In 1615, the Odawa world would forever be altered. The Odawa made contact with the French at the Bruce Peninsula in Lake Huron. From this moment forward, everything would be altered permanently. European nations such as the French, Dutch, British, and later Americans would all fight for lands, resources, and empire in the Great Lakes. The most devasting thing Europeans brought were diseases, which devastated native populations, including the Odawa.

The Odawa, Ojibway, French and other Great Lakes tribes would war with the Iroquois nation from New York. This war spanned from New York to Minnesota, seeing the majority of Odawa move west to avoid conflict. By 1670, the Odawa and their allies had pushed the Iroquois out of Michigan and reestablished their primary villages at St. Ignace and Mackinac. The war would end with Great Peace of Montreal in 1701.

For over a century, the Waganakising Odawa would fight to stay home. Many Odawa relocated to Detroit in 1701 to help establish this French fort. War with the Fox Tribe in 1711 quickly erupted. By 1740, the majority of Odawa in the Great Lakes were at Waganakising, yet many Odawa lived on Manitoulin Island, Grand Traverse, Muskegon and Grand River. The French and Indian War 1754-61 had a large number of Odawa warriors fight with the French against the British. 1763 was Pontiac’s War, where a large coalition of Great Lakes tribes fought to push the British out. Odawa warriors fought against the Americans in the Revolutionary War, Little Turtle’s War and War of 1812. All of this was done to remain in Waganakising.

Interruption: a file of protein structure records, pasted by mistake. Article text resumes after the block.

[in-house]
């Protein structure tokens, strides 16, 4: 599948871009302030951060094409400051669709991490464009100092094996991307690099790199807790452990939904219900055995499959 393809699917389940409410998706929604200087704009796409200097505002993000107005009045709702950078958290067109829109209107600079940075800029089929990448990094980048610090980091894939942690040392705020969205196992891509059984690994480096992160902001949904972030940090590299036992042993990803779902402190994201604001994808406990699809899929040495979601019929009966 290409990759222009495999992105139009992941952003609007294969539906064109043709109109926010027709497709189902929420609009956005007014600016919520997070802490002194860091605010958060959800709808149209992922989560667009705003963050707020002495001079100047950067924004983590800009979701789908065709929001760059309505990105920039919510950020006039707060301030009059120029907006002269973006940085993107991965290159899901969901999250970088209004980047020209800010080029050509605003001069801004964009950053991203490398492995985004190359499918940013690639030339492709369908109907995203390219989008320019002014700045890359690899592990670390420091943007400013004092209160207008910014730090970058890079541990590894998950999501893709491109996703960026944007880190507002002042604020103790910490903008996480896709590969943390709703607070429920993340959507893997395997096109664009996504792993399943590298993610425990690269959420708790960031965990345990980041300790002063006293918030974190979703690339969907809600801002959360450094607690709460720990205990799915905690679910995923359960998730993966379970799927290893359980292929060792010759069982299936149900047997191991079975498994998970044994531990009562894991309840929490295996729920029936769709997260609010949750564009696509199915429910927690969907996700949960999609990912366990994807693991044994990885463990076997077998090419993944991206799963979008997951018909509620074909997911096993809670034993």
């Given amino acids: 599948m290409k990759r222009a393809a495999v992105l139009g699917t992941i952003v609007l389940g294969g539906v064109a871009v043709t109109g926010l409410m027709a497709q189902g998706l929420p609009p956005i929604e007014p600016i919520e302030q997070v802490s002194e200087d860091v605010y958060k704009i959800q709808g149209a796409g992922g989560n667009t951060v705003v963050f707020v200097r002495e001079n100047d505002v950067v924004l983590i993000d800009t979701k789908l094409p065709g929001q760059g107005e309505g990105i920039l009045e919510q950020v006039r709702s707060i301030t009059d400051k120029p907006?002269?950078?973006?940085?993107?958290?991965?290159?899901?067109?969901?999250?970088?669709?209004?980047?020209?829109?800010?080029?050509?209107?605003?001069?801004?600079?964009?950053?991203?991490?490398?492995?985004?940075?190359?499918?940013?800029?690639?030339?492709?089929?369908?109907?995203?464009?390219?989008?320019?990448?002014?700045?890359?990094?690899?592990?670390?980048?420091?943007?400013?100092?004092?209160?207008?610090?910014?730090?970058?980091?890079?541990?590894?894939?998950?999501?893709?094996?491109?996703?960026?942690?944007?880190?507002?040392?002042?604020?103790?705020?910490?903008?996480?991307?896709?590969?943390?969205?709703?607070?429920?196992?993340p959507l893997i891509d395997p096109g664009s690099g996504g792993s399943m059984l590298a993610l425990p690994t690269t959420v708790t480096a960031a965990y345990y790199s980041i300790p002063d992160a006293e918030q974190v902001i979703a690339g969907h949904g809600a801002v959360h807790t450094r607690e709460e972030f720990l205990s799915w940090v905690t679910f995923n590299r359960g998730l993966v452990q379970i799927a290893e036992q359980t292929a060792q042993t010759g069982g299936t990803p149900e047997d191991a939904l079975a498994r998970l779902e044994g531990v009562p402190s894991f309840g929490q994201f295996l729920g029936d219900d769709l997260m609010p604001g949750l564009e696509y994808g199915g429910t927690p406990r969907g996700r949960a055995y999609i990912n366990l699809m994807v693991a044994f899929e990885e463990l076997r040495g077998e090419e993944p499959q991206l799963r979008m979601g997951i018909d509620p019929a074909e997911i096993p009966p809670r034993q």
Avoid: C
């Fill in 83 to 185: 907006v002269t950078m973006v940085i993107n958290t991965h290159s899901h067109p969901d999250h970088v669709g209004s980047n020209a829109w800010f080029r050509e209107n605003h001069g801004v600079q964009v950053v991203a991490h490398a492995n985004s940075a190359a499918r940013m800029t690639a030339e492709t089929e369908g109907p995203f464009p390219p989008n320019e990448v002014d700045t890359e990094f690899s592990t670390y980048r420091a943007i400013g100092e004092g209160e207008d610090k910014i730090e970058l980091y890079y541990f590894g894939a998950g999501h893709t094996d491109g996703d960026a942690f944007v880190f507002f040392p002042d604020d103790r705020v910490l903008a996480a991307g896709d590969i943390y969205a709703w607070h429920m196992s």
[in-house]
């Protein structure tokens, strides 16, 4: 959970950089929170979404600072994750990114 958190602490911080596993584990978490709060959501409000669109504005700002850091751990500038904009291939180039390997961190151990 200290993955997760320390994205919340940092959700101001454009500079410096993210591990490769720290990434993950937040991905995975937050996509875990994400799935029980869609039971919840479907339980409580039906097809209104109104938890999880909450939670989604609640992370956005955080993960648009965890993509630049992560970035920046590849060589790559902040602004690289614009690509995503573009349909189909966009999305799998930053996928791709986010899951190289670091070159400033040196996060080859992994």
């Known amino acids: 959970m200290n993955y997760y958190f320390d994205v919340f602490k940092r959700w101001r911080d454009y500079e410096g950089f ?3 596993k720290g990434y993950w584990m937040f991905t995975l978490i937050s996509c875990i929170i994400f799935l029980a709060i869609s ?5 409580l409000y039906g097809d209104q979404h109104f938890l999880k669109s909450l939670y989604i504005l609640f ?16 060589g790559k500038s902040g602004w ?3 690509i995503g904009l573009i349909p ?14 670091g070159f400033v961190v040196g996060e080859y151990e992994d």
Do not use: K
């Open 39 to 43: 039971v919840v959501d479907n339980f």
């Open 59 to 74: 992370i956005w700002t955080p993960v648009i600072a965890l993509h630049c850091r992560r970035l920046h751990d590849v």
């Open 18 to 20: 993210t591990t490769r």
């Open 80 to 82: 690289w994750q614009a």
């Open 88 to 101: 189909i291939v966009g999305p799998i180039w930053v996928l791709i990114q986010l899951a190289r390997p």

The years after the War of 1812 saw a dramatic change for the Odawa. Diseases were still prevalent, decimating populations. The United States implemented the Indian Removal Act in 1830, resulting in tens of thousands of natives being removed to Oklahoma and Kansas. The Odawa of Wagnakising had to negotiate two key treaties to remain in Michigan. The treaty of Washington D.C 1836 and Detroit 1855 kept the Odawa home and retained access to important natural resources. While the Odawa avoided removal, they could not avoid the federal, civilization policies aimed at changing their identity, livelihood, and way of life.

During the Civil War, the largest all-Indian regiment in the Union army was from Michigan: Company K of the First Michigan Sharpshooters. Many Odawa men from Emmet County fought in Company K, in some of the most pivotal battles during the war. Their story is a complicated yet fascinating piece of Michigan history. Many of these soldiers are buried in various cemeteries in Northern Michigan.